The West Midlands Combined Authority (WMCA) has announced the start of work to build 234 new homes on a former industrial site in the Black Country.
Construction work on the site of a former foundry on Fountain Lane in Oldbury, where developer Lovell Partnerships is set to build 234 new homes. Just under half of the homes will be made available for affordable tenures.
The clearance of the site, the latest to be regenerated under the WMCA’s “brownfield first” policy, was supported by a £3.95 million investment from the government’s Brownfield Land Fund, announced by the WMCA earlier this year.
The multi-million pound Brownfield Land Fund aims to unlock derelict sites for development in order to protect green belt land and create new jobs and homes.
Andy Street, the mayor of the West Midlands and chair of the WMCA, said: “Housebuilding on brownfield land has been one of the region’s real success stories of recent years, and it is brilliant that we’re keeping up that momentum and not being knocked off course by the pandemic.
“Work commencing at Fountain Lane also comes at a critical time as we look to protect the Black Country’s irreplaceable green belt by continuing to bring forward brownfield land sites for development.
“The WMCA will continue to work with partners to use the cash it has won from government to clean up eyesore sites all across the West Midlands, helping to pave the way for new communities and truly affordable homes.”
Under the terms of the WMCA’s investment, at least 20% of the 234 homes must be classed as affordable under the WMCA’s own definition of affordability, which is linked to real-world local wages rather than property prices.
The Fountain Lane scheme will exceed that minimum requirement with 49% of the new homes set to be made available for affordable rent and shared ownership.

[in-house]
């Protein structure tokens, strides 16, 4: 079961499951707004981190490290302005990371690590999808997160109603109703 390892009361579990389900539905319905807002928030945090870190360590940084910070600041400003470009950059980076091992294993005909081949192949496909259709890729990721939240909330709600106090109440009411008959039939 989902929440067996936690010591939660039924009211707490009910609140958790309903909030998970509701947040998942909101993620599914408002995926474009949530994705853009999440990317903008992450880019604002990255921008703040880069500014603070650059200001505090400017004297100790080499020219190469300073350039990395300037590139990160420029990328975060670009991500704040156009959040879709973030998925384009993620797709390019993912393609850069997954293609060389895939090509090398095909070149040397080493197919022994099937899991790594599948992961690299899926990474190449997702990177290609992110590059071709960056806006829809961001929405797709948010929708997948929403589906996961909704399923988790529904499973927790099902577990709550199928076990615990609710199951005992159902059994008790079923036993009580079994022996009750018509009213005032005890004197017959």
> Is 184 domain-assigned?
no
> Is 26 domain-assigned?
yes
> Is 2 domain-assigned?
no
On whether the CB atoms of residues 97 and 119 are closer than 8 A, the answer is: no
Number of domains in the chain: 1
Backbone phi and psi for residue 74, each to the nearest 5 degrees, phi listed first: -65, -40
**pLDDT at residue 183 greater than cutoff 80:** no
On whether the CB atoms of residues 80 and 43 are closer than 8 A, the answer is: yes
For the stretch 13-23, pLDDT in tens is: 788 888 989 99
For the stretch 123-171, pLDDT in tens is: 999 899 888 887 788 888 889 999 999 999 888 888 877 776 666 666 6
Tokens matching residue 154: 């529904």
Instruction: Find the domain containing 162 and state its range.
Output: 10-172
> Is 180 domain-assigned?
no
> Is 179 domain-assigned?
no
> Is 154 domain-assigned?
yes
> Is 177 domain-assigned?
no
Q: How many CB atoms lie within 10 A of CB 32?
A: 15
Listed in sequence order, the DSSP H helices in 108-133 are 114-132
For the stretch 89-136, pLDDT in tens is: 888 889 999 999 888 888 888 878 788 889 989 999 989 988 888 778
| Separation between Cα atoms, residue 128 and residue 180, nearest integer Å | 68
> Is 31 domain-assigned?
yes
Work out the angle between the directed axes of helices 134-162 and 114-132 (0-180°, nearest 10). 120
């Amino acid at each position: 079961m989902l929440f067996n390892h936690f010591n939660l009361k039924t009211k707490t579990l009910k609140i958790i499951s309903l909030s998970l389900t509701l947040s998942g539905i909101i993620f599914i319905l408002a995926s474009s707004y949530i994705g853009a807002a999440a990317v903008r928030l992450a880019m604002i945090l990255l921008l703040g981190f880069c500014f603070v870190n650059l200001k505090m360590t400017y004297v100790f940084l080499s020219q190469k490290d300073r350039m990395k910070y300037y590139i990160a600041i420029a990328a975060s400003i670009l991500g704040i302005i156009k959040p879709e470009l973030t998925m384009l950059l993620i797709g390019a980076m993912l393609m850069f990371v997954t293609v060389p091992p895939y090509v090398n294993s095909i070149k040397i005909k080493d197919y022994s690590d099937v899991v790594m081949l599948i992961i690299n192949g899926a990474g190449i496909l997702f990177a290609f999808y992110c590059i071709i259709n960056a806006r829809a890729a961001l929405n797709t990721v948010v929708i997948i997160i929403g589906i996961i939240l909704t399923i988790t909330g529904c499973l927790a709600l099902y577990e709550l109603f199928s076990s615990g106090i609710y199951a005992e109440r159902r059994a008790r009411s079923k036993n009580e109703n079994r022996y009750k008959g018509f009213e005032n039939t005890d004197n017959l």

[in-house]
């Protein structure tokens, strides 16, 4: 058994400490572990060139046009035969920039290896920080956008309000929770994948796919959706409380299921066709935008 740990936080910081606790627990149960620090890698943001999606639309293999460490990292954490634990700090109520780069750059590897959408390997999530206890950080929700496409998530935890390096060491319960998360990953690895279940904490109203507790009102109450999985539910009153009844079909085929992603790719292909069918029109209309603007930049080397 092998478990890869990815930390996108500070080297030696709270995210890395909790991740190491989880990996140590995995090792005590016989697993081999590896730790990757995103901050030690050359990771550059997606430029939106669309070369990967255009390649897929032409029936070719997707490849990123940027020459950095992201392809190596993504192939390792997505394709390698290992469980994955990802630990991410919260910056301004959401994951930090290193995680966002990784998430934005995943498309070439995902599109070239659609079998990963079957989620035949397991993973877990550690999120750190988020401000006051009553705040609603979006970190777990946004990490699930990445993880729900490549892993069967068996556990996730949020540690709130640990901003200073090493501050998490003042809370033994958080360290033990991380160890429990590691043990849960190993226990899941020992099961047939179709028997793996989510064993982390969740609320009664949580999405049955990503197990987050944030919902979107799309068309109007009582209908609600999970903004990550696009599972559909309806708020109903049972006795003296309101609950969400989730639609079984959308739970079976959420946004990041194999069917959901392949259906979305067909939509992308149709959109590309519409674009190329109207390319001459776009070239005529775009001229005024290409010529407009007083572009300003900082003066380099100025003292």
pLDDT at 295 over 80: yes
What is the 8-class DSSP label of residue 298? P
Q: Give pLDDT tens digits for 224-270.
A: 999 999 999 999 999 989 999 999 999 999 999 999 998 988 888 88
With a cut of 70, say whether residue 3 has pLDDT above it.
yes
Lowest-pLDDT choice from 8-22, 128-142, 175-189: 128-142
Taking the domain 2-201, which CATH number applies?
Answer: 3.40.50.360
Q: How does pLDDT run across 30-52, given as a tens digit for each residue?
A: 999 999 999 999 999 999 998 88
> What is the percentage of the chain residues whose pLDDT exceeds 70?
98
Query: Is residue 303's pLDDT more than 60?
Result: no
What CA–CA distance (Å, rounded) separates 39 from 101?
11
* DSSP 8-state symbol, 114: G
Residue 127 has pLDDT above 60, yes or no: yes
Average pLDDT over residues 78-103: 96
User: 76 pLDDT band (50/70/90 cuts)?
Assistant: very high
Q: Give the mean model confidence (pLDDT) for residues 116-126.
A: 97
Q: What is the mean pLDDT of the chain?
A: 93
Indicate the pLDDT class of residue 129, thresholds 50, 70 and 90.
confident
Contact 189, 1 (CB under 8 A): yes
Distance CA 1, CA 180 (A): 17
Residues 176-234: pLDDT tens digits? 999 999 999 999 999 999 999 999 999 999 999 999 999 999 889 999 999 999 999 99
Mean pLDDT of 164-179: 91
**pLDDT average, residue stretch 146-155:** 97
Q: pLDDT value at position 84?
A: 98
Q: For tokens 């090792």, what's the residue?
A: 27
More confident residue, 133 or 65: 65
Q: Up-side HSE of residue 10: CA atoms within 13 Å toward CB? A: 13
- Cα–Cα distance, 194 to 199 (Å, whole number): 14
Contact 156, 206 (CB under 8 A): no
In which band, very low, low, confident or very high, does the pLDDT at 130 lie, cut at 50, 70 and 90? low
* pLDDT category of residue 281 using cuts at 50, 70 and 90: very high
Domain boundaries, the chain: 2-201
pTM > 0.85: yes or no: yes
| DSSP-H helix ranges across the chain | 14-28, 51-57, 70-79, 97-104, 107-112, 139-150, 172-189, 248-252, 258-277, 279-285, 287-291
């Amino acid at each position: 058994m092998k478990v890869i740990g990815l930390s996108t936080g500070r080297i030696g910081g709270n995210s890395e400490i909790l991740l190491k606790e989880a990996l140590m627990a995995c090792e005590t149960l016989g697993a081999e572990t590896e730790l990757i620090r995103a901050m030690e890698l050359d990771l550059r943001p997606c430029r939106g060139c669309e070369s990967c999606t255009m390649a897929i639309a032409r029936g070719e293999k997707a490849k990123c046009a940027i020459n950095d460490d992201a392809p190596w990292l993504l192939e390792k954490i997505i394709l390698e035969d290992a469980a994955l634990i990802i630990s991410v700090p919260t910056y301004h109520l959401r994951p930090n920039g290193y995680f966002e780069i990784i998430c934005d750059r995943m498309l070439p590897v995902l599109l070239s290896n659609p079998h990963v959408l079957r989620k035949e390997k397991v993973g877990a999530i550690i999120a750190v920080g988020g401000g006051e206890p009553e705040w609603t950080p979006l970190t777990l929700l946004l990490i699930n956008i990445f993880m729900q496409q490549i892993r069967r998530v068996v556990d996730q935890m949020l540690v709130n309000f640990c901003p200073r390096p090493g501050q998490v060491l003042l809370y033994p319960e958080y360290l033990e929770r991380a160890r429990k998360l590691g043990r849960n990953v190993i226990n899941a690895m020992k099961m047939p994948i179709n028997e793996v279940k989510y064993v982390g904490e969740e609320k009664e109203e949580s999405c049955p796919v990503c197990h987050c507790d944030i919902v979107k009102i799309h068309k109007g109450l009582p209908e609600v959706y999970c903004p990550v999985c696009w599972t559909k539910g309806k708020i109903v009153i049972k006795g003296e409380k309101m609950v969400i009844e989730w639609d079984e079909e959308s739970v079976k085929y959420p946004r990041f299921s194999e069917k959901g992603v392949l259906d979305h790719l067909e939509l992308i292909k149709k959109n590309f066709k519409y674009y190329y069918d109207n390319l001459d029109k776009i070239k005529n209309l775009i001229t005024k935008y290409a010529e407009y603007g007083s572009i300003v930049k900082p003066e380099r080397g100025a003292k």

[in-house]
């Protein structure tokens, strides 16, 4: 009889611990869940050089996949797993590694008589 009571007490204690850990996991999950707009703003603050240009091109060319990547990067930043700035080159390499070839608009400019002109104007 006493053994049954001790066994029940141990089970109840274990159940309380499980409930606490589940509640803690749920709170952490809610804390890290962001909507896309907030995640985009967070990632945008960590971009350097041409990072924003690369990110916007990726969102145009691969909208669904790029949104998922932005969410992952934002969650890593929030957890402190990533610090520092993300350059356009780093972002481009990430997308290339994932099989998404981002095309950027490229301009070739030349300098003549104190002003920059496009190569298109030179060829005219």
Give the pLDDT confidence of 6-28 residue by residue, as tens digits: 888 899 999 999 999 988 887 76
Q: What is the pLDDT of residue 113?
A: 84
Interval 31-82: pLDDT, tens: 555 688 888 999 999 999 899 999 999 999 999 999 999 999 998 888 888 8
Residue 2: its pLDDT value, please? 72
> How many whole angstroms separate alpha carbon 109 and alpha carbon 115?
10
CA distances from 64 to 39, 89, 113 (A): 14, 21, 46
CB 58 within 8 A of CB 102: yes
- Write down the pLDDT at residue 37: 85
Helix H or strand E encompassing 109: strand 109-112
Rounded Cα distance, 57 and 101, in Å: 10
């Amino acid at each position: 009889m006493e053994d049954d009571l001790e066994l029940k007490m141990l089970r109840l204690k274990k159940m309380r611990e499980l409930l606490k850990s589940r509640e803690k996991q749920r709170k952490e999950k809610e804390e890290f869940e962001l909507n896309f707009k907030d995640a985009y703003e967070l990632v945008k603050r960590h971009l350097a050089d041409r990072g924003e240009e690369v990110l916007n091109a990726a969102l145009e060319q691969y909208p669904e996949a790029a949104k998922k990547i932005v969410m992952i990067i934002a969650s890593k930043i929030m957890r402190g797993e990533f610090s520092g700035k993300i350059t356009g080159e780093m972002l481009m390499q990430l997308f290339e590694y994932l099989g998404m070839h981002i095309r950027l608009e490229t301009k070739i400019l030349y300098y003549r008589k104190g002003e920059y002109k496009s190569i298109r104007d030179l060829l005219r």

Fountain Lane forms part of a partnership agreement struck between the WMCA and Lovell in September 2019, which aims to accelerate the unlocking of brownfield land for development.
The agreement aims to deliver 4,000 new homes over the next eight years, supporting the region’s aim to build 215,000 new homes by 2031.
Stuart Penn, regional managing director for Lovell Partnerships, said: “We are so pleased to see work getting underway on site for this latest development with the WMCA.
“Together we aim to create a lasting legacy in Oldbury and for the residents of the Black Country. The high-quality homes we build and jobs we provide in the process will contribute massively to the post-pandemic economic bounce back in the region.”
Cllr Rajbir Singh, leader of Sandwell Metropolitan Borough Council, commented: “This prominent site has been vacant for a number of years. It’s always very challenging to bring land like this back into productive use given the industrial legacy that it comes with.
“We’re delighted to be working with the developer and the WMCA breathing new life into the site and providing much-needed new, and affordable housing for the people of Sandwell.”
Cllr Mike Bird, WMCA portfolio holder for housing and land, and leader of Walsall Council, added: “WMCA’s brownfield regeneration programme has continued throughout the pandemic and is increasingly seen as nationally leading.
“Not only is Fountain Lane another great example of how we are investing now to support the region’s economic recovery from COVID-19, it also another step towards achieving our ambition of building the 215,000 new homes the West Midlands will need by 2031.
“Many of these brownfield sites we are unlocking have stood neglected and unused for decades and would remain that way without critical investment by the WMCA. If we had not used the housing and land funds we have secured from the government, Fountain Lane could not have proceeded.”
Image (l-r): Cllr Rajbir Singh, leader of Sandwell Council, Stuart Penn, regional MD of Lovell, and Andy Street, mayor of the West Midlands on site at Fountain Lane. Credit: WMCA.